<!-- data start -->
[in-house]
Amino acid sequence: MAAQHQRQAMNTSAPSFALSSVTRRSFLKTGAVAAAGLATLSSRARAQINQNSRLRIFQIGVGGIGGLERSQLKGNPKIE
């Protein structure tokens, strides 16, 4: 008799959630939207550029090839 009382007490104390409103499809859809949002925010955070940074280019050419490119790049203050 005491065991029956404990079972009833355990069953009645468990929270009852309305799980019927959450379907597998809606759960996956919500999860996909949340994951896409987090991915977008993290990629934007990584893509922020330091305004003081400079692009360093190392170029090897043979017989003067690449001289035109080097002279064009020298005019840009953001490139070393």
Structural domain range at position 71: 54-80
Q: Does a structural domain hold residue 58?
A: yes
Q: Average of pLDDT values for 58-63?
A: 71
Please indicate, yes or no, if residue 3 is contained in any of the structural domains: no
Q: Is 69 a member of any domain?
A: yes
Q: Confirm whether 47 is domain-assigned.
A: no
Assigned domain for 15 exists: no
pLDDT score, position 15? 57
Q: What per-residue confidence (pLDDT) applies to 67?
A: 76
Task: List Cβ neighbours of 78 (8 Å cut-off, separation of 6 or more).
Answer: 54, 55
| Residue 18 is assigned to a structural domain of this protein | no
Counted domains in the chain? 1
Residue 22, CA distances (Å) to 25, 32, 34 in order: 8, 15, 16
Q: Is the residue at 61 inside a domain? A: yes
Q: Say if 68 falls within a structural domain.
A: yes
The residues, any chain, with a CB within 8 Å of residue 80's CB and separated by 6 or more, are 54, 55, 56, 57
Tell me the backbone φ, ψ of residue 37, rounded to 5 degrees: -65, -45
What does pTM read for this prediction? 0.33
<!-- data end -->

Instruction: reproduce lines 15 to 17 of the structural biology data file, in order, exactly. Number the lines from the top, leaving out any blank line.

pLDDT score, position 15? 57
Q: What per-residue confidence (pLDDT) applies to 67?
A: 76